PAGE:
Apple analyst Ming Chi-Kuo predicted on Thursday that Apple’s iPhone 15 Pro models will include super-fast Thunderbolt ports.
Ming Chi-Kuo via Twitter:
2H23 new high-end iPhones’ wired transfer speed will likely improve markedly, benefiting the growth of the high-speed transfer IC design industry. Apple’s existing suppliers (e.g., Parade, Asmedia, Genesys Logic, Renesas, etc.) are expected to be leading beneficiaries.
My latest survey indicates all 2H23 new iPhones will abandon Lightning and change to USB-C, but only two high-end models (15 Pro & 15 Pro Max) will support the wired high-speed transfer, and the two standard ones (15 & 15 15 Plus) still support USB 2.0 same as Lightning.
I predict that 15 Pro & 15 Pro Max will support at least USB 3.2 or Thunderbolt 3. This spec upgrade means the wired transfer and video output user experience will significantly improve.
This spec upgrade and the new trend will drive Apple ecosystem’s demand for high-speed transfer chips and competitors’ imitation (almost all Android phones currently only support USB 2.0), and it’s also conducive to the growth of the high-speed transfer IC design industry.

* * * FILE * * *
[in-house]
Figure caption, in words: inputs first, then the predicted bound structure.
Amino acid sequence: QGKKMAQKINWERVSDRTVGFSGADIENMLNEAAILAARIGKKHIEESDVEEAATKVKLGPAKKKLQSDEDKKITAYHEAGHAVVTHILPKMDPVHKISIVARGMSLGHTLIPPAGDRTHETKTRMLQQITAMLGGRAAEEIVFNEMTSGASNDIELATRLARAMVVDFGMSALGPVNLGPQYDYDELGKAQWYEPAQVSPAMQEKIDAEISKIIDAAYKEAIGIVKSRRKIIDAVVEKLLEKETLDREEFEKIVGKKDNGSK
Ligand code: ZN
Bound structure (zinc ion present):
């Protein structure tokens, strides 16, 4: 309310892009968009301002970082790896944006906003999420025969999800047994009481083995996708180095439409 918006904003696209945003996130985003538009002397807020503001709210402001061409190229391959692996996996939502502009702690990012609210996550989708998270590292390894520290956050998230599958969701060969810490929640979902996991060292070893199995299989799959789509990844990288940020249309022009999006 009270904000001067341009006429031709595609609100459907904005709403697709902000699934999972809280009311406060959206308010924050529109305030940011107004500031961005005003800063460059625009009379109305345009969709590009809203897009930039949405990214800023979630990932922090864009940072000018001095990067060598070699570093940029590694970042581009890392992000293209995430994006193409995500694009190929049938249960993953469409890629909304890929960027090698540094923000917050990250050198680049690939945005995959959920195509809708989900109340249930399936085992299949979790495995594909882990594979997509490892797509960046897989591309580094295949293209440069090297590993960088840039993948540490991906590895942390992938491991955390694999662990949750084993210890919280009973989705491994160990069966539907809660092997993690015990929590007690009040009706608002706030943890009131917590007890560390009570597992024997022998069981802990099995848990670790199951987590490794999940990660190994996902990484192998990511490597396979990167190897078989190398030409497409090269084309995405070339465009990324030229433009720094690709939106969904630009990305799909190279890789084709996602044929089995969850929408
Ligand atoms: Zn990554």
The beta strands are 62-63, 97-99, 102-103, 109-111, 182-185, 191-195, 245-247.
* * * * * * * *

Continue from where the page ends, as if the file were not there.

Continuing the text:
Joe Rossignol for MacRumors:
Thunderbolt 3 theoretically offers a bandwidth of up to 40 Gbps, while the Lightning connector has USB 2.0 speeds of up to 480 Mbps on all existing iPhones. Even with real-world performance limitations, an iPhone 15 Pro with a Thunderbolt-enabled USB-C port would offer significantly faster data transfer speeds with a Thunderbolt cable, making it much quicker to get large files on and off of the iPhone, such as 48-megapixel ProRAW photos.
Even if the iPhone 15 Pro models only get USB 3.2 support, that would mean theoretical transfer speeds of between 5 Gbps and 20 Gbps depending on the exact specification, which would still be significantly faster than Lightning.
Most iPads with USB-C ports already offer faster transfer speeds. iPad Pro models with the M1 chip and newer support Thunderbolt 3 for bandwidth of up to 40 Gbps, the fifth-generation iPad Air is capable of 10 Gbps, and the fourth-generation iPad Air and latest iPad mini are capable of up to 5 Gbps. The sole exception is the new 10th-generation standard iPad with a USB-C port, which remains limited to USB 2.0 speeds.
More differentiation for iPhone Pro models over other models is fantastic news for Apple’s iPhone ASP!